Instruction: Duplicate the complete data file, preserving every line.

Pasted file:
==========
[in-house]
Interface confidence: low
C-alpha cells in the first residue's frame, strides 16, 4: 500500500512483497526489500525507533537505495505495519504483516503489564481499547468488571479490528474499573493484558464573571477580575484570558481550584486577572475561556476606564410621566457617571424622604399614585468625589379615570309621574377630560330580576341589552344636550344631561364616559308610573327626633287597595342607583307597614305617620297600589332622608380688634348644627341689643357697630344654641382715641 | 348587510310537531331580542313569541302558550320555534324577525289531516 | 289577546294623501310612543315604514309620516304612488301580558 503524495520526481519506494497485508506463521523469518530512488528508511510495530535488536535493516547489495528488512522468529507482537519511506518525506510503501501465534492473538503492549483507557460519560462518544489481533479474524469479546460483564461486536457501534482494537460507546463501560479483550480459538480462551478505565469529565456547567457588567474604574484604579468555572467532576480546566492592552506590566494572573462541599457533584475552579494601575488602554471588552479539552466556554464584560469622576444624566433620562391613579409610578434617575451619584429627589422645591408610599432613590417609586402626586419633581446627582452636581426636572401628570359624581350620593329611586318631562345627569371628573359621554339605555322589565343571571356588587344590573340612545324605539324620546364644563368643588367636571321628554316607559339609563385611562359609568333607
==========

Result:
[in-house]
Interface confidence: low
C-alpha cells in the first residue's frame, strides 16, 4: 500500500512483497526489500525507533537505495505495519504483516503489564481499547468488571479490528474499573493484558464573571477580575484570558481550584486577572475561556476606564410621566457617571424622604399614585468625589379615570309621574377630560330580576341589552344636550344631561364616559308610573327626633287597595342607583307597614305617620297600589332622608380688634348644627341689643357697630344654641382715641 | 348587510310537531331580542313569541302558550320555534324577525289531516 | 289577546294623501310612543315604514309620516304612488301580558 503524495520526481519506494497485508506463521523469518530512488528508511510495530535488536535493516547489495528488512522468529507482537519511506518525506510503501501465534492473538503492549483507557460519560462518544489481533479474524469479546460483564461486536457501534482494537460507546463501560479483550480459538480462551478505565469529565456547567457588567474604574484604579468555572467532576480546566492592552506590566494572573462541599457533584475552579494601575488602554471588552479539552466556554464584560469622576444624566433620562391613579409610578434617575451619584429627589422645591408610599432613590417609586402626586419633581446627582452636581426636572401628570359624581350620593329611586318631562345627569371628573359621554339605555322589565343571571356588587344590573340612545324605539324620546364644563368643588367636571321628554316607559339609563385611562359609568333607